Structure-based efforts to optimize a non-beta-lactam inhibitor of AmpC beta-lactamase.Hendershot, J.M., Mishra, U.J., Smart, R.P., Schroeder, W., Powers, R.A.
(2014) Bioorg.Med.Chem. 22: 3351-3359
- PubMed: 24835785
- DOI: 10.1016/j.bmc.2014.04.051
- Primary Citation of Related Structures:
- PubMed Abstract:
β-Lactams are the most widely prescribed class of antibiotics, yet their efficacy is threatened by expression of β-lactamase enzymes, which hydrolyze the defining lactam ring of these antibiotics. To overcome resistance due to β-lactamases, inhibitor ...
β-Lactams are the most widely prescribed class of antibiotics, yet their efficacy is threatened by expression of β-lactamase enzymes, which hydrolyze the defining lactam ring of these antibiotics. To overcome resistance due to β-lactamases, inhibitors that do not resemble β-lactams are needed. A novel, non-β-lactam inhibitor for the class C β-lactamase AmpC (3-[(4-chloroanilino)sulfonyl]thiophene-2-carboxylic acid; Ki 26μM) was previously identified. Based on this lead, a series of compounds with the potential to interact with residues at the edge of the active site were synthesized and tested for inhibition of AmpC. The length of the carbon chain spacer was extended by 1, 2, 3, and 4 carbons between the integral thiophene ring and the benzene ring (compounds 4, 5, 6, and 7). Compounds 4 and 6 showed minimal improvement over the lead compound (Ki 18 and 19μM, respectively), and compound 5 inhibited to the same extent as the lead. The X-ray crystal structures of AmpC in complexes with compounds 4, 5, and 6 were determined. The complexes provide insight into the structural reasons for the observed inhibition, and inform future optimization efforts in this series.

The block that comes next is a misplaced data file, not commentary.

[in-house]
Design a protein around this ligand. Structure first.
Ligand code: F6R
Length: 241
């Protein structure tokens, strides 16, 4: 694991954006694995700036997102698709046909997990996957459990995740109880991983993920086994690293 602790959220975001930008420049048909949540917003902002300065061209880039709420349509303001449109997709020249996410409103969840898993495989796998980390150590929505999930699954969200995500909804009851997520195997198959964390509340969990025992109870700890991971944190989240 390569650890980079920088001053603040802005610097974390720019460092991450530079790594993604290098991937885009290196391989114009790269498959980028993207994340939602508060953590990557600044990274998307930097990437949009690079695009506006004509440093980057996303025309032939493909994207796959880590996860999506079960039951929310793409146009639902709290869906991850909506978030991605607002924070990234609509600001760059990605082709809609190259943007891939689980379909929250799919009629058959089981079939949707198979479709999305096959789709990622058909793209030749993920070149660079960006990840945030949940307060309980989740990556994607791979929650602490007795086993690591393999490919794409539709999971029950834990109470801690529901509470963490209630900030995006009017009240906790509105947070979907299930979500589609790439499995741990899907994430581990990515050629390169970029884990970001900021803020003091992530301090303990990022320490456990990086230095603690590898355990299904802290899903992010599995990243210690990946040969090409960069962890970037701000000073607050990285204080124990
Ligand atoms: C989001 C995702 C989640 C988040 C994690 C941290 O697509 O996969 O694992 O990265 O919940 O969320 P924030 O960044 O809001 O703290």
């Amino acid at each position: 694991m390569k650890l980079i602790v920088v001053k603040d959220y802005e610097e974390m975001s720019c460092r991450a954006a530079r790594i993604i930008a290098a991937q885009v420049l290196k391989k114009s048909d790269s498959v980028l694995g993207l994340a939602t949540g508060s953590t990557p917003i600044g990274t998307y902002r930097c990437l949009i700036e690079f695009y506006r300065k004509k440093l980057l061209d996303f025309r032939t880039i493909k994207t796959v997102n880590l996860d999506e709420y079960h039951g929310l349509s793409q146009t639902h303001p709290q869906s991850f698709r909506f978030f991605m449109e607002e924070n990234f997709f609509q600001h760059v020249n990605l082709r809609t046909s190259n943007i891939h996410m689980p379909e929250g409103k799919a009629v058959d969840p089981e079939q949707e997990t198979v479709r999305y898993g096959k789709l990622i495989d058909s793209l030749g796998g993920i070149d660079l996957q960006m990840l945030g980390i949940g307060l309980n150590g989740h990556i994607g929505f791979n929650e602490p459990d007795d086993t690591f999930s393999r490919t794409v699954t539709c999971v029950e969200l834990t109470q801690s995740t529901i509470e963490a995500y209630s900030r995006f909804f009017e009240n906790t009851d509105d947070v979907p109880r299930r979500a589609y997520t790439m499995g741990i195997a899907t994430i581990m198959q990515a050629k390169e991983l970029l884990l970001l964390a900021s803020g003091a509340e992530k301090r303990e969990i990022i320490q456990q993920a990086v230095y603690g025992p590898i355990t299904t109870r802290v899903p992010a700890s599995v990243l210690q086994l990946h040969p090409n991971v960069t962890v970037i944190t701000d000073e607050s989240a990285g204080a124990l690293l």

Cell and Molecular Biology Program, Grand Valley State University, Allendale, MI 49401, United States.